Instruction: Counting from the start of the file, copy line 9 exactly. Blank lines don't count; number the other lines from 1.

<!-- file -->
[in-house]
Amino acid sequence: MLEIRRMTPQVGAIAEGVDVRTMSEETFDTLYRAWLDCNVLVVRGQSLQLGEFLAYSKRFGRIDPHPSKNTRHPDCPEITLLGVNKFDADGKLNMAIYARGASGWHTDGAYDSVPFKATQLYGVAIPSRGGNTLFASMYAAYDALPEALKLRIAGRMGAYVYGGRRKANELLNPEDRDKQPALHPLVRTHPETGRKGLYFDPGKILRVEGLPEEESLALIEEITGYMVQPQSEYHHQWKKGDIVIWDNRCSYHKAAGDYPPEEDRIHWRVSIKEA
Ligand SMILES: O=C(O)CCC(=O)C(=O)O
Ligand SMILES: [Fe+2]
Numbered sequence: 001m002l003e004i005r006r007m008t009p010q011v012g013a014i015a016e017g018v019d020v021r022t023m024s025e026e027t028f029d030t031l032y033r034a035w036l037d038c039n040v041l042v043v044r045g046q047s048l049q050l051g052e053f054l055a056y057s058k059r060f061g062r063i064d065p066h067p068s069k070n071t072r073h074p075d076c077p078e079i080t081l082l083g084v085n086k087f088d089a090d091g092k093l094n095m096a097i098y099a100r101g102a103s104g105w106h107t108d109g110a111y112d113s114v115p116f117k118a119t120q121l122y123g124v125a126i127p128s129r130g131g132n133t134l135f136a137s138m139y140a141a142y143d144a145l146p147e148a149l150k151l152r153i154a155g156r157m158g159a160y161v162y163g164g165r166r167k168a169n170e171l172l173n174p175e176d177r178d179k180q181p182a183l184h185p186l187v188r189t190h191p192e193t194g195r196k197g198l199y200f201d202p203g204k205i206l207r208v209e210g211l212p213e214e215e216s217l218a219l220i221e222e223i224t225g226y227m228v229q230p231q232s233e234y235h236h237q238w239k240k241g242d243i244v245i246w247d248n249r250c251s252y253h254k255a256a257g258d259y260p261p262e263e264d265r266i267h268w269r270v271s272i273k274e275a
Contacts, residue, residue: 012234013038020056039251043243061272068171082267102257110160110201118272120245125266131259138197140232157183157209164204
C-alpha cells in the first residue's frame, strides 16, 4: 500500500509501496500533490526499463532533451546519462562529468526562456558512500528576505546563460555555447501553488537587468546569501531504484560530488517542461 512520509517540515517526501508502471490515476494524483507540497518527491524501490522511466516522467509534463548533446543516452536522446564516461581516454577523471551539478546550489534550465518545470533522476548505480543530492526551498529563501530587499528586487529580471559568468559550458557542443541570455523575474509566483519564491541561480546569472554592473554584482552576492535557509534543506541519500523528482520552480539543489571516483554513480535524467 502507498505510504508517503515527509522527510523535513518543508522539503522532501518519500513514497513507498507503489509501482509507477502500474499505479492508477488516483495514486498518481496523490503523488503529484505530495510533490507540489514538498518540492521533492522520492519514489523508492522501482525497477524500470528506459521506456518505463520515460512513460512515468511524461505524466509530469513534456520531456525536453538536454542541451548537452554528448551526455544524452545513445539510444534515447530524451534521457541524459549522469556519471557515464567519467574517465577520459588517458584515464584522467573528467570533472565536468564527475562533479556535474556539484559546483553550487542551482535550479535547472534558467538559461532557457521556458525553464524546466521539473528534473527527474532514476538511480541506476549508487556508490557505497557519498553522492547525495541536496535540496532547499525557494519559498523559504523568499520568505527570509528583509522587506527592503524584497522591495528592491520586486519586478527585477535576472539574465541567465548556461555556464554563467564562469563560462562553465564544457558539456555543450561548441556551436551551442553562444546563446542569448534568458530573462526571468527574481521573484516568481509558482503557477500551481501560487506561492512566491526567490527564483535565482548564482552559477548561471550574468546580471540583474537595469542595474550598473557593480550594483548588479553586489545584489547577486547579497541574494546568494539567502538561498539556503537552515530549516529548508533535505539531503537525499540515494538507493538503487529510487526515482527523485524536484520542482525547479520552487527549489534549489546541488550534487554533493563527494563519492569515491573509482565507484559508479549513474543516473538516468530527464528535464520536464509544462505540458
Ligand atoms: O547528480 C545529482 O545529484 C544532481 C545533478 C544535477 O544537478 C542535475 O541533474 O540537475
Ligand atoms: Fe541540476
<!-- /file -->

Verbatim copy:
Ligand atoms: Fe541540476